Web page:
Fiber is the inedible part of plants and whole grains that has been shown to lower the risk from certain cancers, heart disease, diabetes and assist with weight management. Fiber helps to control blood glucose as it is slowly broken down through digestion and also improves healthy cholesterol metabolism. Prior research indicates that it can also lower blood pressure, reduce systemic inflammation and bind with potential carcinogens for removal from the body.
High Fiber Intake Linked to Lower Disease Risk
research consisted of nearly 400,000 men and women taking part in the National Institutes of Health-AARP Diet and Health Study over a period of nine years. Participants answered a food questionnaire at the beginning of the study and cause of death was determined by linking personal records to national registries to establish dietary fiber intake over the period.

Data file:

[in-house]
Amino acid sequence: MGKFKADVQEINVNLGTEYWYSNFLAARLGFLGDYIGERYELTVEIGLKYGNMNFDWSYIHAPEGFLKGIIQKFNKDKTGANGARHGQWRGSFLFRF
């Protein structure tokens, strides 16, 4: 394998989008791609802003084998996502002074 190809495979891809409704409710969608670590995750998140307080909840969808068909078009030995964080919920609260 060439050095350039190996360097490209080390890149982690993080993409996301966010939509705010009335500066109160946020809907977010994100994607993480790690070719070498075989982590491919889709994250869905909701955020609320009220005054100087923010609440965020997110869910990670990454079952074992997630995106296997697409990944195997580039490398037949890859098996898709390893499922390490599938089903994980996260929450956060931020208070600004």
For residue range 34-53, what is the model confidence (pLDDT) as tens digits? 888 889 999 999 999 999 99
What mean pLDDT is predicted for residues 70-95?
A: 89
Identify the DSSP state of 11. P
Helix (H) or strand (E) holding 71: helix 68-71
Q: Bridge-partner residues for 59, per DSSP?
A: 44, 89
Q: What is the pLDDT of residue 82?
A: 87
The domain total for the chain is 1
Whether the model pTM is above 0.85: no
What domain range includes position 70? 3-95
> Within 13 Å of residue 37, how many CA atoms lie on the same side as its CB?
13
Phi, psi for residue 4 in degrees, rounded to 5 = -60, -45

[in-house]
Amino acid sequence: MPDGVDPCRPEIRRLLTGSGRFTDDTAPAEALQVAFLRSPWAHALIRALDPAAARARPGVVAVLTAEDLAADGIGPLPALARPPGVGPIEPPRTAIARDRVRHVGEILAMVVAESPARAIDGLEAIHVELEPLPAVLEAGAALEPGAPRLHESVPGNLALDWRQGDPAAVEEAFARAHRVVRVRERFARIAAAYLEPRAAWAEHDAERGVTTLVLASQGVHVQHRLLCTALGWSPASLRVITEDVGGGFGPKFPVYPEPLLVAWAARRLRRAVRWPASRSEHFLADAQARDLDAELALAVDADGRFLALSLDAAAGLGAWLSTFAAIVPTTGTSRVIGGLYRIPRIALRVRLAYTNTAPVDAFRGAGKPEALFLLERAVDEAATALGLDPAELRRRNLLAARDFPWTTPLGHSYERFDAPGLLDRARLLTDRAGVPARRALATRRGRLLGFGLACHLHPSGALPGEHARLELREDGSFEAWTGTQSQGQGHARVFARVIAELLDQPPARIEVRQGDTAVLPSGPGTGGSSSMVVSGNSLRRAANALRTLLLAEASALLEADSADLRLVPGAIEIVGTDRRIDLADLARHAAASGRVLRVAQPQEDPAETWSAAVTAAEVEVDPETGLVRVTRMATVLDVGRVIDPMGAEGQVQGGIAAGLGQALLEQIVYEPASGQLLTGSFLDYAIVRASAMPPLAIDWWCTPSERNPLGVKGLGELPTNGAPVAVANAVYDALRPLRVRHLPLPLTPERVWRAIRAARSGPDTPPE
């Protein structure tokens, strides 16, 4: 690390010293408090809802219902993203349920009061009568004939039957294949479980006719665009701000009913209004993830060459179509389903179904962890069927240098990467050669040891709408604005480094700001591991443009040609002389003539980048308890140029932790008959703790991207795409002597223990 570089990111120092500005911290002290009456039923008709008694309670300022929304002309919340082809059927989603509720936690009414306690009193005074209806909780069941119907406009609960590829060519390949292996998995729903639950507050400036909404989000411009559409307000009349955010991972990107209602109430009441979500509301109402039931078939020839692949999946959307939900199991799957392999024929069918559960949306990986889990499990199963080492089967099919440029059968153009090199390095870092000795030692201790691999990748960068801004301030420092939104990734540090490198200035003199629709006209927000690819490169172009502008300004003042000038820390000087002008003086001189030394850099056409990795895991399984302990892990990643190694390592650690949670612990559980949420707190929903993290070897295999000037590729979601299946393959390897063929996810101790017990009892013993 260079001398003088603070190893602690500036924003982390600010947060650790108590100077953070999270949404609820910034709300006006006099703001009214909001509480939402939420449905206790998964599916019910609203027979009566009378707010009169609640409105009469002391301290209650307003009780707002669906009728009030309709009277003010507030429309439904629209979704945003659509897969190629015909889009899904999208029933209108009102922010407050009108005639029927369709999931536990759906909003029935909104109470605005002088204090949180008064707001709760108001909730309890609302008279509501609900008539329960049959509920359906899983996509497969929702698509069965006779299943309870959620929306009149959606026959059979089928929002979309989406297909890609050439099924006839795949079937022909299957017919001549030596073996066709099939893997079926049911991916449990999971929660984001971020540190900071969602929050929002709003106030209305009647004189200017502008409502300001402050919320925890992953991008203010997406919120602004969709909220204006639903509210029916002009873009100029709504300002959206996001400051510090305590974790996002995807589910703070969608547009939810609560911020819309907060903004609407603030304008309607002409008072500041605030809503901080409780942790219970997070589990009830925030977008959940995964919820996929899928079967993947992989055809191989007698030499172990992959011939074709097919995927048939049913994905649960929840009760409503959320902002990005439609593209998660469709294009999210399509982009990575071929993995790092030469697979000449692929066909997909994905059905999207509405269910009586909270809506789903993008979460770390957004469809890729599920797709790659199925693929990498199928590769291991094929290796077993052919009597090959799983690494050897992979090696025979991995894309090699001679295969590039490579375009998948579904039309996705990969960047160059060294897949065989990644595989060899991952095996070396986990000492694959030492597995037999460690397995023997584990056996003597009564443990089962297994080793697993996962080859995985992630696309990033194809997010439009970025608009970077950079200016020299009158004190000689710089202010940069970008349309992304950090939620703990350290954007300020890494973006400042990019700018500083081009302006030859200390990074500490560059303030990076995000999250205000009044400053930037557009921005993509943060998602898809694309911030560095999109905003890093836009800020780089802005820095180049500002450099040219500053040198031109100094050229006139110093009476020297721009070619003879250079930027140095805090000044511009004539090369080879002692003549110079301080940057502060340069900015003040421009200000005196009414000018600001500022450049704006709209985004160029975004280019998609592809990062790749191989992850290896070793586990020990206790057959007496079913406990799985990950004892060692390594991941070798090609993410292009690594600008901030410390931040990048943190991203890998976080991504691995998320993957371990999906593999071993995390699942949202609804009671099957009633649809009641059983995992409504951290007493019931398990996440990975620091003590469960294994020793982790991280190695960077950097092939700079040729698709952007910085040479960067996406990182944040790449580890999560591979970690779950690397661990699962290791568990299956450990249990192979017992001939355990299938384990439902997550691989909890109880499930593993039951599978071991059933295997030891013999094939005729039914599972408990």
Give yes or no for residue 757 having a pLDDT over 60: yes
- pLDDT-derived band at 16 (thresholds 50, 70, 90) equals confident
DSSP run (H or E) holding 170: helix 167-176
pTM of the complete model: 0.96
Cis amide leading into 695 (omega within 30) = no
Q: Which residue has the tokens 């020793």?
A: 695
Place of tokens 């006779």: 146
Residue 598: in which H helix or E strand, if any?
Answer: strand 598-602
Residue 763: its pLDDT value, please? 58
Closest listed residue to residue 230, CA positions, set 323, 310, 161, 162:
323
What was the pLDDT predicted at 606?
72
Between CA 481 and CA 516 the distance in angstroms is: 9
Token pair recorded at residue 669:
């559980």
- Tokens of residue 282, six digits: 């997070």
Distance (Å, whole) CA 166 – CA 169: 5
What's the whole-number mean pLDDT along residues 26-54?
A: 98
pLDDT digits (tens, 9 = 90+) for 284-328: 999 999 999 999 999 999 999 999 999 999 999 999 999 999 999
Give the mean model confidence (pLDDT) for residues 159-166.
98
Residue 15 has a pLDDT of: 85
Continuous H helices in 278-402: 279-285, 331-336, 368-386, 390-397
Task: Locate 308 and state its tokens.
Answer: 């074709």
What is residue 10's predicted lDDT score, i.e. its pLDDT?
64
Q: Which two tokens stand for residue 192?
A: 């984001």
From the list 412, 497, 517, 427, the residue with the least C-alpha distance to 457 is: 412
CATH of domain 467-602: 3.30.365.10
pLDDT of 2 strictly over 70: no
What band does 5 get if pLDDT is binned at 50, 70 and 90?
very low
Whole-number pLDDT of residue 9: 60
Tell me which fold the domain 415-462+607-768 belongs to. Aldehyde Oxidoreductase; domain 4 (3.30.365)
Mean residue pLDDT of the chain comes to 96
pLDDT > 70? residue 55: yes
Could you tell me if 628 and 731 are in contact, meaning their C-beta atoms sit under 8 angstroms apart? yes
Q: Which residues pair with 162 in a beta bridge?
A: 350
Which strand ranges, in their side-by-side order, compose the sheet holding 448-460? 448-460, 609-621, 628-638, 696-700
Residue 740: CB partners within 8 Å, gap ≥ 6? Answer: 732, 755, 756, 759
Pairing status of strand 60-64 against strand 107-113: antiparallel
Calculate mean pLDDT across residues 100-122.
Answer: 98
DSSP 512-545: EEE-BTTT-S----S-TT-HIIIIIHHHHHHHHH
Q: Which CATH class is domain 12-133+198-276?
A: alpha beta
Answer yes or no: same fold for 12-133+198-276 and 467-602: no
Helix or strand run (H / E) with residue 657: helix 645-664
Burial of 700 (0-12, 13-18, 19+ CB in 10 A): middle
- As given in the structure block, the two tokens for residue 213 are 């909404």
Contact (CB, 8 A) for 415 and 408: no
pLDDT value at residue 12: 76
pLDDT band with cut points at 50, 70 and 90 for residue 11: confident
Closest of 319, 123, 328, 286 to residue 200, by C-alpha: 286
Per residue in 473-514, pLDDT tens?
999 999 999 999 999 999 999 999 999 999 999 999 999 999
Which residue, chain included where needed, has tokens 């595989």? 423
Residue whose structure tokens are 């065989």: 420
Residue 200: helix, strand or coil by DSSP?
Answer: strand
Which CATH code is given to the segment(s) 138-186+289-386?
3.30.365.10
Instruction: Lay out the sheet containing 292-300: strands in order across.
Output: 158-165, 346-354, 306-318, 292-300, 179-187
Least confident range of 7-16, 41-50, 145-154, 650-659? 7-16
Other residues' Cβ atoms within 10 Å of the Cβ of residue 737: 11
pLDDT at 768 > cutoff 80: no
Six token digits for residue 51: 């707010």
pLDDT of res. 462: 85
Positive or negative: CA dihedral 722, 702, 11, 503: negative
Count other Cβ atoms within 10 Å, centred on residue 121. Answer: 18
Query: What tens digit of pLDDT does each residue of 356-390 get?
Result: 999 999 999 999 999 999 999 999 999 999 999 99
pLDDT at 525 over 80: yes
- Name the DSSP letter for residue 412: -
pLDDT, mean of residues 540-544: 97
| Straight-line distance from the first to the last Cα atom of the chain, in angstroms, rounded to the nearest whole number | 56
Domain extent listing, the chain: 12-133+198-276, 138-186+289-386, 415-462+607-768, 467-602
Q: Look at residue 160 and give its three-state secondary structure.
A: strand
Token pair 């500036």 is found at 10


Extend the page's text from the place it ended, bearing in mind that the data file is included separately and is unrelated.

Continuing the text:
Researchers found that fiber intake ranged from 13 to 29 grams per day for men and 11 to 26 grams for women. Over the nine year course of the study nearly 32,000 participants died. When the average amount of fiber consumed daily was analyzed by the researchers, they found a significantly decreased risk of death for those with the highest fiber consumption.
High Fiber Diet Shown to Lower Heart Disease Incidence by up to 59%
cardiovascular, infectious and respiratory diseases was reduced by 24 percent to 56 percent in men and 34 percent to 59 percent in women with the highest fiber intakes.
Based on the results of this study, researchers recommend a daily fiber intake of 14 grams for every 1,000 calories consumed. Vegetables, nuts, seeds and whole grains were found to provide optimal disease protection, while fruit consumption was not found to lower the risk of total, cardiovascular, cancer and respiratory disease deaths. Individuals looking to lower their disease risk profile will want to target 30 grams of fiber each day for optimal health.